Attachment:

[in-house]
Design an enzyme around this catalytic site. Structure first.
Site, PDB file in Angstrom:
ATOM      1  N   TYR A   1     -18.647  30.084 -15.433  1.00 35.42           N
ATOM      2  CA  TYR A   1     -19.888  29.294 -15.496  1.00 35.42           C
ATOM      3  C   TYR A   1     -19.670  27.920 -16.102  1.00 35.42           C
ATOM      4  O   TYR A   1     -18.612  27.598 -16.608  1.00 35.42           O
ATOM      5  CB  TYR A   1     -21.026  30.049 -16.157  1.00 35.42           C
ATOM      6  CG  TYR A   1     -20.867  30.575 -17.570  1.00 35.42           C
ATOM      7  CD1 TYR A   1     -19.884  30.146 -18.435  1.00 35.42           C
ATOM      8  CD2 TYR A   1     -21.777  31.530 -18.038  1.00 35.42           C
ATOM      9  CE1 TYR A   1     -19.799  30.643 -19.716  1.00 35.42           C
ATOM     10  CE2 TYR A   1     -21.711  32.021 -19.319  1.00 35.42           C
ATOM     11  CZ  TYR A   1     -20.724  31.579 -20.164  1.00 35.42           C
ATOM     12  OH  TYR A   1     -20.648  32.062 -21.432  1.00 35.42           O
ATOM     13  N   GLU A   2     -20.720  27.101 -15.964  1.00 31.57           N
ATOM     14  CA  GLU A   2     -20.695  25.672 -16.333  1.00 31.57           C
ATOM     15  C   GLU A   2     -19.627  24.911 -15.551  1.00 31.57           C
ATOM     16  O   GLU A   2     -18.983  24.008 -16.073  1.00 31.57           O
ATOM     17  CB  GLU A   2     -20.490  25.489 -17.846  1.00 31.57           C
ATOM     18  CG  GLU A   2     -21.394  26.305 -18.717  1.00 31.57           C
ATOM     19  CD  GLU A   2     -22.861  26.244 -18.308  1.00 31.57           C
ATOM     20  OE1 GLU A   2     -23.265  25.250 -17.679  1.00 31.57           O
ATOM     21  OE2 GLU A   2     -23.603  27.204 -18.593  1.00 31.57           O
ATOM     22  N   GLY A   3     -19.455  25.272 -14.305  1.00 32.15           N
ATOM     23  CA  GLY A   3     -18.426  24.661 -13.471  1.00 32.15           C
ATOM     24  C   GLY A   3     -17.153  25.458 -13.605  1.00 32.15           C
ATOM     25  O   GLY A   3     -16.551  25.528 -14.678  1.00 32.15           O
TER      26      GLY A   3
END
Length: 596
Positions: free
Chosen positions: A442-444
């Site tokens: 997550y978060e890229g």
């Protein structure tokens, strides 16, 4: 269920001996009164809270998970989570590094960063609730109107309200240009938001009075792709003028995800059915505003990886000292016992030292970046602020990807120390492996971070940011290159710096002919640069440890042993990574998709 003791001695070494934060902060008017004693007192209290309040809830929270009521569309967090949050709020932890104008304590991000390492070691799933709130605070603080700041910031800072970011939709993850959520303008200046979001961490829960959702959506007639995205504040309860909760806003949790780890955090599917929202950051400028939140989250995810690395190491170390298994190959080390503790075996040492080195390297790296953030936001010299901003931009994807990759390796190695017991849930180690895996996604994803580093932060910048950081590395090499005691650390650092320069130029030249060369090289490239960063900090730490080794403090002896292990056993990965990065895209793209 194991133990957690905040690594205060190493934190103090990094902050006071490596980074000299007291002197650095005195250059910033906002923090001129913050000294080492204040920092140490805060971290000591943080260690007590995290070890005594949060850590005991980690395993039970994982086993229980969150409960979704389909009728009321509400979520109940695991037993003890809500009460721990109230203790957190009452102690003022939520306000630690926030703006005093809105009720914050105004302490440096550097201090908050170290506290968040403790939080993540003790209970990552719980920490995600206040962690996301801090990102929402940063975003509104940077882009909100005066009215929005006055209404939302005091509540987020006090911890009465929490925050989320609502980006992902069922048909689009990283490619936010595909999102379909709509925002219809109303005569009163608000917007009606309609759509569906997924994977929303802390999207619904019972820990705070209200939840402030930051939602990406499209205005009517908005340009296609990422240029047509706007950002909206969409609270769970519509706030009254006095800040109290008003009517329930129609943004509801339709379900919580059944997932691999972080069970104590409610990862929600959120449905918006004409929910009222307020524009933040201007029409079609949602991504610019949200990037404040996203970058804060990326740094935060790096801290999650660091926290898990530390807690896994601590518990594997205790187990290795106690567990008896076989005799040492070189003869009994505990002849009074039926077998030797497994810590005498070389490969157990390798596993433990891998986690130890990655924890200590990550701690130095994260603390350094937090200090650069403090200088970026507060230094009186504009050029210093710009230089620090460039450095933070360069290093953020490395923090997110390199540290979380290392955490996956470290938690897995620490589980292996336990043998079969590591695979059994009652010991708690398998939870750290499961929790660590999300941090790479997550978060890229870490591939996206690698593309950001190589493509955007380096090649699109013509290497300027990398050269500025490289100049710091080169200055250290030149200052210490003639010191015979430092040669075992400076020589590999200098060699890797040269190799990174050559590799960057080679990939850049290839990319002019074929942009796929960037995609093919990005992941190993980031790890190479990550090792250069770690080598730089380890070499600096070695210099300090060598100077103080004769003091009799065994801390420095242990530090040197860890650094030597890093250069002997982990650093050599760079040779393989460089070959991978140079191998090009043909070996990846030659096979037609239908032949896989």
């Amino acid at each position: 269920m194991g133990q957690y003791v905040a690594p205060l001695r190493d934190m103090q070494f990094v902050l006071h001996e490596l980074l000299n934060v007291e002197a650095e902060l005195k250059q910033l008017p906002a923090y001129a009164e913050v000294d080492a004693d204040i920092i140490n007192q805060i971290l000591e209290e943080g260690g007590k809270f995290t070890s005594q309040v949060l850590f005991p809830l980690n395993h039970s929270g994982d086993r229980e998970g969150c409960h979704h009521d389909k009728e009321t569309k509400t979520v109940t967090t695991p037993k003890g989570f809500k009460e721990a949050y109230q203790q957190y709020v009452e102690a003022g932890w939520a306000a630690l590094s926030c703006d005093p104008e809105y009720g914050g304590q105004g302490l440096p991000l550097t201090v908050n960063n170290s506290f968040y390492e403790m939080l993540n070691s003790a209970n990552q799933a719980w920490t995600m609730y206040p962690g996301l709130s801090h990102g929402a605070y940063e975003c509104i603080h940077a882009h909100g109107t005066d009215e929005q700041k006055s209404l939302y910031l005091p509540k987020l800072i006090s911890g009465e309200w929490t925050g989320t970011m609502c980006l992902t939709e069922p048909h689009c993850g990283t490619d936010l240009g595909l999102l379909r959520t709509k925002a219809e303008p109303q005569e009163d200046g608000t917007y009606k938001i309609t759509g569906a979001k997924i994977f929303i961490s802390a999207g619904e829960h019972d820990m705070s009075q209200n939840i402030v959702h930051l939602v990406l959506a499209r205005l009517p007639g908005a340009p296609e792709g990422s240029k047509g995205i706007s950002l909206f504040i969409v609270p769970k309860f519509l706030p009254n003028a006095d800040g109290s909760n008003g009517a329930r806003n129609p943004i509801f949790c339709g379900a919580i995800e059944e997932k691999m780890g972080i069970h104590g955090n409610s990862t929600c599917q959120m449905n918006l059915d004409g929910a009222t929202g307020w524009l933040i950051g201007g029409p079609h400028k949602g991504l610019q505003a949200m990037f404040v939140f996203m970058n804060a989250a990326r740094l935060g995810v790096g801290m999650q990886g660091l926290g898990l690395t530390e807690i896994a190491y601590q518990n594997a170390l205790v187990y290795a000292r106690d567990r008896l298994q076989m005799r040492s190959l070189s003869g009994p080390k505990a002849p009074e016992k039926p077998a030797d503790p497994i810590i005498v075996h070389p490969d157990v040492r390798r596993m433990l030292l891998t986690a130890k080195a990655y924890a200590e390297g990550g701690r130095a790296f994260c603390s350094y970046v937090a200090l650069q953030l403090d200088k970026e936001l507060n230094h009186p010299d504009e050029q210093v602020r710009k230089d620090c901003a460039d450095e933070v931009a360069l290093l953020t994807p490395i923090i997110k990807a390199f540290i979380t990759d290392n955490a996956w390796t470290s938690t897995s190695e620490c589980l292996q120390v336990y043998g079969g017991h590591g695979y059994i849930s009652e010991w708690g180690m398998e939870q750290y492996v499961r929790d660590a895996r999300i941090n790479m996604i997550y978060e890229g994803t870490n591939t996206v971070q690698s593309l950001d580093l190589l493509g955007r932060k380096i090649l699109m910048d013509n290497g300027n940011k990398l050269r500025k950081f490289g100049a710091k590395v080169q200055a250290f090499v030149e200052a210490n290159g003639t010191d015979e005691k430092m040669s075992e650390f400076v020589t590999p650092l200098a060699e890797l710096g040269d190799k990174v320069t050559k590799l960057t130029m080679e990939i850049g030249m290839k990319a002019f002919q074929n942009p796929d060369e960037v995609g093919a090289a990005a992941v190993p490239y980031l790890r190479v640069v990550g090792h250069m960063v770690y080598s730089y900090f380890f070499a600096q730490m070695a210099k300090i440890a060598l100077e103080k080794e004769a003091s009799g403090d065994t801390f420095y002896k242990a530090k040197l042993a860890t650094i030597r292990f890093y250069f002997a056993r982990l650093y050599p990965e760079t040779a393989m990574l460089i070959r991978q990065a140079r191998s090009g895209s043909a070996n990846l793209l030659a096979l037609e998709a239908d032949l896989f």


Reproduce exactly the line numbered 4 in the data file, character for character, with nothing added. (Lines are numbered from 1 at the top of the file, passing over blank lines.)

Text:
ATOM      1  N   TYR A   1     -18.647  30.084 -15.433  1.00 35.42           N